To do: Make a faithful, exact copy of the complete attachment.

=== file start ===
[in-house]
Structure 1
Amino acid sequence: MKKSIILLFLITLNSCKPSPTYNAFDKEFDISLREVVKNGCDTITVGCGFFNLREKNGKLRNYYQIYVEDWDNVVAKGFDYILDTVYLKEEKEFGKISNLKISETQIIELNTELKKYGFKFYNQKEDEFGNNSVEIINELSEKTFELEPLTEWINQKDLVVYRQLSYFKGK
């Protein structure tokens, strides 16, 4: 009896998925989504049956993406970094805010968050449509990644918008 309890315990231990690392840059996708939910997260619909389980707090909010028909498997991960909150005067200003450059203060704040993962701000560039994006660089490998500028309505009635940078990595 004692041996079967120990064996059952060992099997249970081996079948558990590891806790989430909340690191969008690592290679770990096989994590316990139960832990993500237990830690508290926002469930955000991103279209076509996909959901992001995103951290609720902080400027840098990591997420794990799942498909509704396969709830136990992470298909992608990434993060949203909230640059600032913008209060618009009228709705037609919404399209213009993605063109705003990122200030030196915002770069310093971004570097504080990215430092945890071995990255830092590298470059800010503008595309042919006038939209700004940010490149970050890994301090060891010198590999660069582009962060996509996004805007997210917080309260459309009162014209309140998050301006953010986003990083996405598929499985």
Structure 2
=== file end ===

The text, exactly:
[in-house]
Structure 1
Amino acid sequence: MKKSIILLFLITLNSCKPSPTYNAFDKEFDISLREVVKNGCDTITVGCGFFNLREKNGKLRNYYQIYVEDWDNVVAKGFDYILDTVYLKEEKEFGKISNLKISETQIIELNTELKKYGFKFYNQKEDEFGNNSVEIINELSEKTFELEPLTEWINQKDLVVYRQLSYFKGK
């Protein structure tokens, strides 16, 4: 009896998925989504049956993406970094805010968050449509990644918008 309890315990231990690392840059996708939910997260619909389980707090909010028909498997991960909150005067200003450059203060704040993962701000560039994006660089490998500028309505009635940078990595 004692041996079967120990064996059952060992099997249970081996079948558990590891806790989430909340690191969008690592290679770990096989994590316990139960832990993500237990830690508290926002469930955000991103279209076509996909959901992001995103951290609720902080400027840098990591997420794990799942498909509704396969709830136990992470298909992608990434993060949203909230640059600032913008209060618009009228709705037609919404399209213009993605063109705003990122200030030196915002770069310093971004570097504080990215430092945890071995990255830092590298470059800010503008595309042919006038939209700004940010490149970050890994301090060891010198590999660069582009962060996509996004805007997210917080309260459309009162014209309140998050301006953010986003990083996405598929499985």
Structure 2